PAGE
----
We further validated MINERVA in an independent cohort with similar clinical context (EGFR-mutant, Stage IIIA-N2 NSCLC) (see Methods). We performed the same NGS profiling of twenty-nine patients from the EMERGING-CTONG1103 trial recruited in our center (Guangdong Provincial People’s Hospital) and scored them according to MINERVA. Importantly, treatment interaction test indicated that the MINERVA score alone was a strong predictive biomarker to guide treatment selection in both exploratory and validation cohorts (ADJUVANT cohort, P = 4.29 × 10^−6; EMERGING cohort, P = 0.00032) (Supplementary Fig. 7b). Patients were then classified into HTP, TP and CP groups using score cutoffs at 0.5 and −0.5. We observed similar stratification of patient outcomes as the described above (Supplementary Fig. 7c–e). Specifically, TKI-treated patients showed significantly better progression-free survival (PFS) than the chemotherapy-treated in the HTP group (P = 0.039; erlotinib, median PFS 23.8 months, chemotherapy, median PFS 4.5 months) (Supplementary Fig. 7c). Also, comparable PFS benefit was seen with erlotinib in the TP group, in the validation cohort and the entire EMERGING population (Supplementary Fig. 7a, d)33. In the CP group, we observed shorter PFS with TKI (median PFS 11.8 months vs 17.7 months TKI-treated in the whole validation cohort) and potential sensitivity to chemotherapy despite the limited sample size (Supplementary Fig. 7e).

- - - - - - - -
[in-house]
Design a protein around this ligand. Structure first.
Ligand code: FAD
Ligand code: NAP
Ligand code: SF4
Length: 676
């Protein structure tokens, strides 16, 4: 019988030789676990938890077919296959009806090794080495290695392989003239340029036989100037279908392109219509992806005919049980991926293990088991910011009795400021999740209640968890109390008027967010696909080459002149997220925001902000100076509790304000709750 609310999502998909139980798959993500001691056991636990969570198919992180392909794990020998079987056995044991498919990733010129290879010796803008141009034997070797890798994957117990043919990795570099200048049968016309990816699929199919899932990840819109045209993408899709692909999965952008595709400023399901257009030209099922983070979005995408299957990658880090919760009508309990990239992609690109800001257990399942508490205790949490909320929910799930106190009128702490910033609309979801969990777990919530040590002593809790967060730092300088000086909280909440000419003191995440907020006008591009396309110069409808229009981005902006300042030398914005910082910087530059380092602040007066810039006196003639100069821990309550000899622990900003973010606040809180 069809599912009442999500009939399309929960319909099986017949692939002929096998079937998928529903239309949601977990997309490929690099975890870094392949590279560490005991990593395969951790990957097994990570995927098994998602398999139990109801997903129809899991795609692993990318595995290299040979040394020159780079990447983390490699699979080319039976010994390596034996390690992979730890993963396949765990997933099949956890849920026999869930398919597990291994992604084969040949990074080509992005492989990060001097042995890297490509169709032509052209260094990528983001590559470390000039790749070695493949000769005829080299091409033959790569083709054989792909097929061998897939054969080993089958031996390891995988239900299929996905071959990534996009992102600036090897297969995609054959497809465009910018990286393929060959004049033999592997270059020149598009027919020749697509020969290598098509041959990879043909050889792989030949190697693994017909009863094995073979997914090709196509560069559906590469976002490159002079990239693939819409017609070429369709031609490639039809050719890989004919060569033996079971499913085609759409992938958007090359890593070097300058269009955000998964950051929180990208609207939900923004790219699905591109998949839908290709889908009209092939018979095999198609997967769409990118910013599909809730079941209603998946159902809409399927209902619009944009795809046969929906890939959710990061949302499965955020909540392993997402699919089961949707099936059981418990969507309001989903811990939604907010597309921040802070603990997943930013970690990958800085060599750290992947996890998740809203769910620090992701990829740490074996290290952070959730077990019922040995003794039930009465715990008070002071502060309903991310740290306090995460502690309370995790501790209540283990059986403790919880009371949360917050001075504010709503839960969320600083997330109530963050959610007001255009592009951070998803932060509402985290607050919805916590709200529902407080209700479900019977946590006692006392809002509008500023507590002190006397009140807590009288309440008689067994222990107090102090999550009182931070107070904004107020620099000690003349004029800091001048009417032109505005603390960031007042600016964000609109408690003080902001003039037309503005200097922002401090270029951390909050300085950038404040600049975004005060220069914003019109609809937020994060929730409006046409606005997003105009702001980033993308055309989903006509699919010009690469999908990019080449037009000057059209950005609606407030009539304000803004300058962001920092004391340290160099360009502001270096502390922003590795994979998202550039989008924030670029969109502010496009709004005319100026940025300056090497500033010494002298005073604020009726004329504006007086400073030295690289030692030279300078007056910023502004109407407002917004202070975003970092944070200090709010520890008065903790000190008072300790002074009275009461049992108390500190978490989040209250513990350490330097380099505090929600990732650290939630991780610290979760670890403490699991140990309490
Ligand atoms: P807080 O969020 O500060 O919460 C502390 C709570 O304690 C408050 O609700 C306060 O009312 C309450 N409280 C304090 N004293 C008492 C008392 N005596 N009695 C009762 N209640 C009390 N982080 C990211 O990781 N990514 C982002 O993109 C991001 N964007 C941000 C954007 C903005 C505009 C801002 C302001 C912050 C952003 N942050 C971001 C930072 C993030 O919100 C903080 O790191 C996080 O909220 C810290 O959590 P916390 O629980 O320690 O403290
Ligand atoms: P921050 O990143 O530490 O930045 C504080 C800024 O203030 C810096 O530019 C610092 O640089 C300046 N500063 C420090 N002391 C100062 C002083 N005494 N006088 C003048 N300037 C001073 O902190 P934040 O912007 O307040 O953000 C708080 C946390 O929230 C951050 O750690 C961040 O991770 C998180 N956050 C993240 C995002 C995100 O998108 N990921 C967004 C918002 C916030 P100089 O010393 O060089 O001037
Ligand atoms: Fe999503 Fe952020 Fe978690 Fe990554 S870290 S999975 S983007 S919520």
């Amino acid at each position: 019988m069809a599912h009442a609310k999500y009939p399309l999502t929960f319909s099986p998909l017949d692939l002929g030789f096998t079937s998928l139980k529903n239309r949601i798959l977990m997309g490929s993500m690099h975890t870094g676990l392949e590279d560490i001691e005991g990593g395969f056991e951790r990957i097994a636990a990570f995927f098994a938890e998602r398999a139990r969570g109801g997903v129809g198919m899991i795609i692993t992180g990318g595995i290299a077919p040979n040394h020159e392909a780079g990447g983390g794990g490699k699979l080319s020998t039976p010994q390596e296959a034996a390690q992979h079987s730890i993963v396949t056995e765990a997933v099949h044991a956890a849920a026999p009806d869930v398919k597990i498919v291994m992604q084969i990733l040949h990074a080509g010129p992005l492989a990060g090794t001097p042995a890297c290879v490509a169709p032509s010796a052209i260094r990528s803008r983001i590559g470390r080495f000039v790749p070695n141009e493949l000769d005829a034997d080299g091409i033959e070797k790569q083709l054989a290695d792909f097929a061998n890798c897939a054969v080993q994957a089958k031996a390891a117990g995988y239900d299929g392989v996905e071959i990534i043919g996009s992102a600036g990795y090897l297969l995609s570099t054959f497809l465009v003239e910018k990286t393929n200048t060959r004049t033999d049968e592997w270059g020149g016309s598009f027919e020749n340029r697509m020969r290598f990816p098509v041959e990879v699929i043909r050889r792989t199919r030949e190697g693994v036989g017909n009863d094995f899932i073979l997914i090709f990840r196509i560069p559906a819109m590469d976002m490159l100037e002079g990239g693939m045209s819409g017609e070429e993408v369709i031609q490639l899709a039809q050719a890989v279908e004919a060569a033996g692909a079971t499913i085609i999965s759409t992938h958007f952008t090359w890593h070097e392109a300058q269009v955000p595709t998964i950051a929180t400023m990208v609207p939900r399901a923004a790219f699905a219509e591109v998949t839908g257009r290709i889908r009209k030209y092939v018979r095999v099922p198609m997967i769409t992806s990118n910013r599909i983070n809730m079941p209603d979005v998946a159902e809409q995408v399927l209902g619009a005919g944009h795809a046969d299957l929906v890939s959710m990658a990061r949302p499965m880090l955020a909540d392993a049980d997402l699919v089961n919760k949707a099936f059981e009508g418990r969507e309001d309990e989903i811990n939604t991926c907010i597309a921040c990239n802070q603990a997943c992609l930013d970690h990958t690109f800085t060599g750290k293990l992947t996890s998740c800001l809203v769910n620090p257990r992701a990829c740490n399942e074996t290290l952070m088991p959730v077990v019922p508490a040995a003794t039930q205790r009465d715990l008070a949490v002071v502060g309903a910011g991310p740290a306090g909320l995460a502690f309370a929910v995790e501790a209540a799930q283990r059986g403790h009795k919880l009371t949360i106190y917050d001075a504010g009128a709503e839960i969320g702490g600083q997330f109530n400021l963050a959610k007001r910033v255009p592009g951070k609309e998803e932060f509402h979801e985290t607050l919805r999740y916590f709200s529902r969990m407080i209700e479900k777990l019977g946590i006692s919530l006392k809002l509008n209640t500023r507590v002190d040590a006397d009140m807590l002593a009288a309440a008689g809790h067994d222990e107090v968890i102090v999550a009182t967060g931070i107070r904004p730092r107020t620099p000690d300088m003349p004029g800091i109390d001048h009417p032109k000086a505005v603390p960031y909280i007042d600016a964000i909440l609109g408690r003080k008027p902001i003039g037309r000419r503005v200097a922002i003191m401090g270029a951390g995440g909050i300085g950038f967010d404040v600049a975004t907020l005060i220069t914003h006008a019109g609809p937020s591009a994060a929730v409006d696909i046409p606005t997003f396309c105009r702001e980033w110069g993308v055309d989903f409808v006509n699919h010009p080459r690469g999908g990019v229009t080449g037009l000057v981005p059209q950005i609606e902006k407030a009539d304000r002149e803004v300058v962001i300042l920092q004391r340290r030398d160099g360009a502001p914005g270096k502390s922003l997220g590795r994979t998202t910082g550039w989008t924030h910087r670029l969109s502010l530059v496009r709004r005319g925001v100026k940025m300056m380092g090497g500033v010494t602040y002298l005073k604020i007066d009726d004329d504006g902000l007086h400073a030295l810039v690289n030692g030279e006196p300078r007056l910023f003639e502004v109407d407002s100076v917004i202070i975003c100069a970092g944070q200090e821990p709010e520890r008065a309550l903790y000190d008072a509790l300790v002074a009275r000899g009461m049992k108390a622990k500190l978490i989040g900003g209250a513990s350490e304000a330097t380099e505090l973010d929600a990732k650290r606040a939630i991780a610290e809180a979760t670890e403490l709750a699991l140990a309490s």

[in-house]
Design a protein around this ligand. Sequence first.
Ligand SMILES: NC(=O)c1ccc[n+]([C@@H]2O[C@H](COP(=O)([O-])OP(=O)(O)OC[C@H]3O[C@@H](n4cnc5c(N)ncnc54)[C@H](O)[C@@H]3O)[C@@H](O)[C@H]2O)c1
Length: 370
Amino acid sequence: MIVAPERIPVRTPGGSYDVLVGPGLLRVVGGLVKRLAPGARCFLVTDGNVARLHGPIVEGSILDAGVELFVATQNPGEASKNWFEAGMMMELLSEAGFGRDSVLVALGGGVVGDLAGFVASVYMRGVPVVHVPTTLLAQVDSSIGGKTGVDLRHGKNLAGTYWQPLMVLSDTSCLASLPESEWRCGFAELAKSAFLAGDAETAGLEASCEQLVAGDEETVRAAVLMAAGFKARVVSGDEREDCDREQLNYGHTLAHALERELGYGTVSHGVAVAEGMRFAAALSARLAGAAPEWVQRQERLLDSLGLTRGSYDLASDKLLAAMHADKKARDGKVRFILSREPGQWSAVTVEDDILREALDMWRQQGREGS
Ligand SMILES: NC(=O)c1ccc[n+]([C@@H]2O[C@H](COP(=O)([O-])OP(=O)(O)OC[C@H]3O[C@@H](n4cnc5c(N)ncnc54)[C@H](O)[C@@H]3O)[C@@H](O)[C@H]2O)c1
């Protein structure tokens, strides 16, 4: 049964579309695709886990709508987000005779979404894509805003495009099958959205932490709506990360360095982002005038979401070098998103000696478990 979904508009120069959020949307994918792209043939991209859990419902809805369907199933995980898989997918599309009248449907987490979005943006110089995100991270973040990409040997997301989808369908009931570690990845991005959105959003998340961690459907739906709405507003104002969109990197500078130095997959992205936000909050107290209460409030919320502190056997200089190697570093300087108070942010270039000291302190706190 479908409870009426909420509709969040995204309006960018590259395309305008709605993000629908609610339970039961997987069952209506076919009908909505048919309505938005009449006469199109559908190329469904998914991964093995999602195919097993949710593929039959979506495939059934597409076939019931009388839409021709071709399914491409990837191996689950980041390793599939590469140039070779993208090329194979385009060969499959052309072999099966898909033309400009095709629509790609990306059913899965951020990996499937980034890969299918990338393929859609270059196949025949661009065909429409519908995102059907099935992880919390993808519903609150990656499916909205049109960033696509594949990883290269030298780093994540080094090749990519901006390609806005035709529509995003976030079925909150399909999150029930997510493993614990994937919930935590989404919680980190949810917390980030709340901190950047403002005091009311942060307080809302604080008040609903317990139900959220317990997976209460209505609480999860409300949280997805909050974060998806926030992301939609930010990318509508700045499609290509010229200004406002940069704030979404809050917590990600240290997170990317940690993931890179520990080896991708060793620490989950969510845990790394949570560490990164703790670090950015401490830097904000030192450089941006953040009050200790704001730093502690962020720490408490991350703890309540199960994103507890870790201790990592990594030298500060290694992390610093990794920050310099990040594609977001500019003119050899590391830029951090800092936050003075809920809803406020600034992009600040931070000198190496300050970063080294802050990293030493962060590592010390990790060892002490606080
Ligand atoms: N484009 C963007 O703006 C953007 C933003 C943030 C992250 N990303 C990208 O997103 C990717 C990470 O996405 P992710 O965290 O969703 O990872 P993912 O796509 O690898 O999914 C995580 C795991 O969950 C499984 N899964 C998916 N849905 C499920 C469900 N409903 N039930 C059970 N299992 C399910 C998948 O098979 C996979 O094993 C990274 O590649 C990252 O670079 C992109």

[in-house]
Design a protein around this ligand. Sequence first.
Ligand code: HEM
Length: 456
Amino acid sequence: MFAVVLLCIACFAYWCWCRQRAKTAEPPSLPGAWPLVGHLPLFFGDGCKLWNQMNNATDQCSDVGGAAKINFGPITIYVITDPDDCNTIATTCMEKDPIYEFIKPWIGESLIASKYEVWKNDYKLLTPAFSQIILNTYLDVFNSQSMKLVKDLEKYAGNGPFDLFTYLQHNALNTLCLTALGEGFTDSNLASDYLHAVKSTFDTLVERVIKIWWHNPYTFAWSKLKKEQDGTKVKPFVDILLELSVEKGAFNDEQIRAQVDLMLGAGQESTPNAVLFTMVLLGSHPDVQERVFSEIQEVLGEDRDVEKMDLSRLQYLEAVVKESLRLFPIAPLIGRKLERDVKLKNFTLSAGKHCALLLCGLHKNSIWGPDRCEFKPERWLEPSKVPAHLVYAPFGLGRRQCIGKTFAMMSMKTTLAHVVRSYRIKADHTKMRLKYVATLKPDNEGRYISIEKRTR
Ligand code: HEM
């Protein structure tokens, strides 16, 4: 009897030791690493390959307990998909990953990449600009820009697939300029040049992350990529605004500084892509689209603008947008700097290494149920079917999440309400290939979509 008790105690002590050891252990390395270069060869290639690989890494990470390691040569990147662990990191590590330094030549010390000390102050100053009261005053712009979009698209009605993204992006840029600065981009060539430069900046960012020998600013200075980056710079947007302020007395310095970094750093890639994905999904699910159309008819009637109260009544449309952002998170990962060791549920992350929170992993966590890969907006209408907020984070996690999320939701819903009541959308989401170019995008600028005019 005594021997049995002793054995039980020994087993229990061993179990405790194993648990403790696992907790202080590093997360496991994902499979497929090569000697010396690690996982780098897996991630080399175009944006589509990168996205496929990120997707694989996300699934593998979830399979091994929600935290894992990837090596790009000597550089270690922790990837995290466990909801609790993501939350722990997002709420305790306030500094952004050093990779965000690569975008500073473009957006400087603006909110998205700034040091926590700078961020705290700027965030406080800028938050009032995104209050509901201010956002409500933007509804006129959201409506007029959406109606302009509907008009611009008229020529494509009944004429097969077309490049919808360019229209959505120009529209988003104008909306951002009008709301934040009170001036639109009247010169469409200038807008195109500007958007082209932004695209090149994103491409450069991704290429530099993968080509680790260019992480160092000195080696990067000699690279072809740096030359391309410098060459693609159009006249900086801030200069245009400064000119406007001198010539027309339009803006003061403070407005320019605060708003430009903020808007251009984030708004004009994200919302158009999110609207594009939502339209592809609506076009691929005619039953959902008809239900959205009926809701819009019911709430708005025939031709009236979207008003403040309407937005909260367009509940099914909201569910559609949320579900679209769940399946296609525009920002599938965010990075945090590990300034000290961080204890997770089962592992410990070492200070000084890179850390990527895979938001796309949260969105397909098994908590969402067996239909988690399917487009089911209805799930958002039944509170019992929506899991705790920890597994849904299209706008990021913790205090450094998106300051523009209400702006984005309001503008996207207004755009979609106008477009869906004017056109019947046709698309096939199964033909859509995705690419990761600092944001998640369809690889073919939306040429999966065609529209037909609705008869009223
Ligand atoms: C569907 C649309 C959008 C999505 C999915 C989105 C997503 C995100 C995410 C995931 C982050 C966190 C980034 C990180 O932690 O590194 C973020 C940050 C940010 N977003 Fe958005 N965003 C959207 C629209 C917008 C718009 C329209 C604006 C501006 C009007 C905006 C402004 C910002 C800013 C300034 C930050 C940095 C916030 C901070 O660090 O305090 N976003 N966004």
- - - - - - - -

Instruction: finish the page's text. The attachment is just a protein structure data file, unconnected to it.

To date, several prospective clinical trials, including our ADJUVANT trial, have presented the superiority of adjuvant TKI in early-stage EGFR-mutant NSCLC. The ADJUVANT trial had reached a median OS of 75.5 months by the database lock date, which is one of the best survival outcomes ever recorded for this patient population34. However, gefitinib’s DFS superiority started declining after 36 months, and did not ultimately translate into OS benefit, raising concerns over achieving clinical cure by adjuvant TKI35. The heterogeneity in time-to-recurrence and OS observed within the ADJUVANT cohorts suggested high inter-tumor molecular heterogeneity in early-stage EGFR-mutant NSCLC11, necessitating additional predictive biomarkers to redefine personalized adjuvant therapy.

In this biomarker exploration of adjuvant TKI in resected NSCLC, we selected five genes that could independently predict the relative benefit between adjuvant TKI and chemotherapy. The multigene MINERVA score then integrated these biomarkers and effectively compensated for individuals’ molecular heterogeneity. Notably, the three risk groups separated using this score counteracted the controversial impermanence of DFS benefit with exciting stratification of OS benefits as well. For each risk groups, we also found characteristic enrichment of biomarkers, possibly explaining their differential responses to adjuvant treatments.